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Home page > Séminaires > Archives séminaires > Séminaires 2017 > Séminaire Interne MSC. 16 janvier 2017. Menghua Zhao & Giacomo Mariani : "Thickness effect in elastowetting" & "Integrated motions of molecular machines and motors : structure and dynamics".

Séminaire Interne MSC. 16 janvier 2017. Menghua Zhao & Giacomo Mariani : "Thickness effect in elastowetting" & "Integrated motions of molecular machines and motors : structure and dynamics"

Sauf mention contraire, les séminaires et les soutenances se déroulent à 11h30 en salle 454A du bâtiment Condorcet.


Thickness effect in elastowetting

Menghua ZHAO, Laboratoire MSC

The wetting of liquids on soft materials such as elastomers has received a great deal of attention in the past decades. Many experiments were performed to gain insight into both the statics and the dynamics of wetting in such systems, but most neglected the effect of finite thickness of the gel sample. Here we report the results of a study of the thickness effect on both the statics and the dynamics of wetting. We vary systematically the thickness of slabs of silicone elastomers (Young modulus E = 3.6 kPa) from 10-2 to a few mm. First, we develop a quantitative Schlieren optics enabling us to directly observe the surface deformation after the deposition of a water droplet on time. We measure the out-of-plane deformation outside the droplet as a function of droplet size, gel thickness and elasticity. We identify a submicrometer-deep dimple, on the dry side of the droplet, that extends over a few mm away from the contact line. Second, we characterize the receding dynamics and we show that the dynamic contact angle, hence dissipation, depends in a non-trivial fashion on the thickness of the sample. We rationalize our experiments, with an analytical model accounting for the linear elastic response of the gel bulk as well as its surface tension. We find excellent agreement with experiments.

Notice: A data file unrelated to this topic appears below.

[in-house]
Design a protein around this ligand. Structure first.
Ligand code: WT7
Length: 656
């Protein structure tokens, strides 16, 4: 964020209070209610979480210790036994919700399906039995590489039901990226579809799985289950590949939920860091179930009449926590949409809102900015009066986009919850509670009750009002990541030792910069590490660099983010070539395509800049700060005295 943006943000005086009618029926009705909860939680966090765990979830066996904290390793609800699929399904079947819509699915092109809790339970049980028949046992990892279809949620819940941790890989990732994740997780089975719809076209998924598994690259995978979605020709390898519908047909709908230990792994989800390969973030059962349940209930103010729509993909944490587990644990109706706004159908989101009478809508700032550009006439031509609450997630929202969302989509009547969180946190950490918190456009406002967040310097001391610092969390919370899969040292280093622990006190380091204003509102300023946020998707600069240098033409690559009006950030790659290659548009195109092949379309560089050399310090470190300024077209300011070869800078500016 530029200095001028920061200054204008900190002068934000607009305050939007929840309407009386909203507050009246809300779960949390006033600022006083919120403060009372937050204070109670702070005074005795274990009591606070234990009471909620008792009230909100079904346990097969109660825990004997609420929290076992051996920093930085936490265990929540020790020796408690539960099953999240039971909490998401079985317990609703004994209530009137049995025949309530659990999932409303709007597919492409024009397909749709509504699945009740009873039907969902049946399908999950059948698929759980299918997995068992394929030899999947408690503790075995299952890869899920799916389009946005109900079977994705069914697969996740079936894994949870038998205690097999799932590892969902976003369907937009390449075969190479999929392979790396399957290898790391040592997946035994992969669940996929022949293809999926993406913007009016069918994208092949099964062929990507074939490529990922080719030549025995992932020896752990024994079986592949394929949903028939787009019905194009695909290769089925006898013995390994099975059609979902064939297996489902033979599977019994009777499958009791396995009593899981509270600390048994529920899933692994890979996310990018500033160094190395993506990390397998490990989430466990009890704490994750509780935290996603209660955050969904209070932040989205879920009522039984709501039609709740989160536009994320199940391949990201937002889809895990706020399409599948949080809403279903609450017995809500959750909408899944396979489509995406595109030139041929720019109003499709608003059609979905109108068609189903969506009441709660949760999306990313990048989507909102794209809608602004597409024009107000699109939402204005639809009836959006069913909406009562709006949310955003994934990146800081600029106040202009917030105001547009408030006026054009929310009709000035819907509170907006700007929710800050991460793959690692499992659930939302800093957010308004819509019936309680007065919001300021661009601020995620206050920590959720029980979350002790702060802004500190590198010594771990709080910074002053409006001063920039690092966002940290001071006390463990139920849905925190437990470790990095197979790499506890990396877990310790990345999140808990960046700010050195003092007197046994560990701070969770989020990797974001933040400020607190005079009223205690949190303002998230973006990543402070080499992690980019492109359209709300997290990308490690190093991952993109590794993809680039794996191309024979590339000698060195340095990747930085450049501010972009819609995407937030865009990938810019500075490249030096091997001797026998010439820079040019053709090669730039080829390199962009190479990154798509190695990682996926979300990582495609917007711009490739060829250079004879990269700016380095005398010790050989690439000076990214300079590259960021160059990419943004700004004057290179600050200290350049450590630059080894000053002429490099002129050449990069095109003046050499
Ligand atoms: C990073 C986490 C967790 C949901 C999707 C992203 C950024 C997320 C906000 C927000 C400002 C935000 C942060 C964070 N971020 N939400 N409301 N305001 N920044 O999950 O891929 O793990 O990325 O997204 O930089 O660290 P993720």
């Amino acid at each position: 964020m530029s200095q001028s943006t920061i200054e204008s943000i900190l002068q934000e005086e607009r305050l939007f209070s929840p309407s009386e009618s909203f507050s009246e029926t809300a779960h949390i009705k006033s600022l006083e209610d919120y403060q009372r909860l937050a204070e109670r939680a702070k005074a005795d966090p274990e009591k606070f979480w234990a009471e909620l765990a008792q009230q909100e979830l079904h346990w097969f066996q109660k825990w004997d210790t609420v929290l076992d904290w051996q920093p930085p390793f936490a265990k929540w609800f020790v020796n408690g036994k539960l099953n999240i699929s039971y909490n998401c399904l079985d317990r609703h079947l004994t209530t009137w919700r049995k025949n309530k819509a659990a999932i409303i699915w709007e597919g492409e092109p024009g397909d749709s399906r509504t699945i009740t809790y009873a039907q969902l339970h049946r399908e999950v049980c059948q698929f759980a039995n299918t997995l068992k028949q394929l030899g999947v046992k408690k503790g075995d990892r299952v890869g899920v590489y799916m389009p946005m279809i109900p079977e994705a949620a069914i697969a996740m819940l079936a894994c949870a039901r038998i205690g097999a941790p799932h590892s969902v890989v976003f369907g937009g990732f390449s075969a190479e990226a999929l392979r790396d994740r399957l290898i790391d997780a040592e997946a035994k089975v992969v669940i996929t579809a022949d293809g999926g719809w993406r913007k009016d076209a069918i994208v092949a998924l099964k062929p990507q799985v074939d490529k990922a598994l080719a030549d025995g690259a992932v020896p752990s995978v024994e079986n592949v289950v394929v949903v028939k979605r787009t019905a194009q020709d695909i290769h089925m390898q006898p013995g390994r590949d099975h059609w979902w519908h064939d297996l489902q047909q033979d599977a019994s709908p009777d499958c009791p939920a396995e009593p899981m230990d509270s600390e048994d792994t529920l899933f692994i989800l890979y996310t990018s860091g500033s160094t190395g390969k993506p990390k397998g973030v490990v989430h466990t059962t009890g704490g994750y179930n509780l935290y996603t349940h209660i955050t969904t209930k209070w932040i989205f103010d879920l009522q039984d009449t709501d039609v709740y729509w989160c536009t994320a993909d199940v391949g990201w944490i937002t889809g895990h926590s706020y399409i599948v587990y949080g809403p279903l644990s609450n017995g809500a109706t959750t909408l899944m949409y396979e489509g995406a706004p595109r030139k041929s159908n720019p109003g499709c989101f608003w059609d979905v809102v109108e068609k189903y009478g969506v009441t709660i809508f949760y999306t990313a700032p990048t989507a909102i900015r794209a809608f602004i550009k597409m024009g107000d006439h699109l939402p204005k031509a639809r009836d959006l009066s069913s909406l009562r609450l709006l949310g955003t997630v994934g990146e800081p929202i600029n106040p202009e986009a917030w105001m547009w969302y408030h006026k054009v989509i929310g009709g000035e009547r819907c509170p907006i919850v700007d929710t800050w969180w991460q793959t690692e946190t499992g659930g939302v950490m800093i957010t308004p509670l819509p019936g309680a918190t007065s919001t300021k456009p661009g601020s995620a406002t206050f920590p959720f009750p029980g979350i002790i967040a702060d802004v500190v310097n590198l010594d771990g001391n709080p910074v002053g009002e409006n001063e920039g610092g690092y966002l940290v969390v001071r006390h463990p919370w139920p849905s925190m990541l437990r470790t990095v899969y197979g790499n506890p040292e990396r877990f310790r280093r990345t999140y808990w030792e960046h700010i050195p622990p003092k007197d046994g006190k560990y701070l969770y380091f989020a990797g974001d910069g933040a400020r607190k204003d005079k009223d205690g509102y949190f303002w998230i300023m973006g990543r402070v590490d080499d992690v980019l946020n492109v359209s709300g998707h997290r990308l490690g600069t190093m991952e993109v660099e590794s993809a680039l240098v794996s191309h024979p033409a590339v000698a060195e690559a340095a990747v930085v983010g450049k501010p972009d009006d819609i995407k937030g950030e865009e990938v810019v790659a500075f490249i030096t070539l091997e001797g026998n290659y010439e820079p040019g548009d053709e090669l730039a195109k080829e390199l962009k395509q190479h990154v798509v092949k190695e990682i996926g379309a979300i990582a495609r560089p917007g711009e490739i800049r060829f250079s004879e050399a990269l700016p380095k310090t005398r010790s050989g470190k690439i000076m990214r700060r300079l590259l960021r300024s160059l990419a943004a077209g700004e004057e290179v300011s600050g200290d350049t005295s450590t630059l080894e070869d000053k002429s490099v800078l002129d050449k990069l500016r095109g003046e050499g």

Integrated motions of molecular machines and motors : structure and dynamics

Giacomo MARIANI, Laboratoire MSC

Switchable functional molecules producing mechanical work constitute an active focus in nanotechnologies as they can be used for molecular-based devices and materials. The dynamic nature of mechanically interlocked molecules allows their components to undergo relative internal movements. However, the coupling of these components to transfer controlled motions from the molecular motors to the macroscopic scale (i.e. supramolecular self-assembled structures) is a challenge. Two different approaches have been followed to form contractile structures. In the first case, thousands of pH-responsive nanomachines capable of linear motions have been combined to synchronize their motion and therefore, to form fibers similar to what myofibrils do when packed in bundles in muscles. In the second case, light-driven rotary motors have been integrated as mechanically active reticulation units resulting in a light-controlled contractile supramolecular structure. In both the cases, a change on the molecular scale results in a contraction of the order of the hundreds nanometer on the supremolecular scale. Small angle neutron scattering and light scattering have been used to characterize the structure of the supramolecular aggregates before and after the induced structural changes and the dynamics of the contraction process at different length and time scales.


Contact : Équipe séminaires / Seminar team - Published on / Publié le 9 janvier 2017


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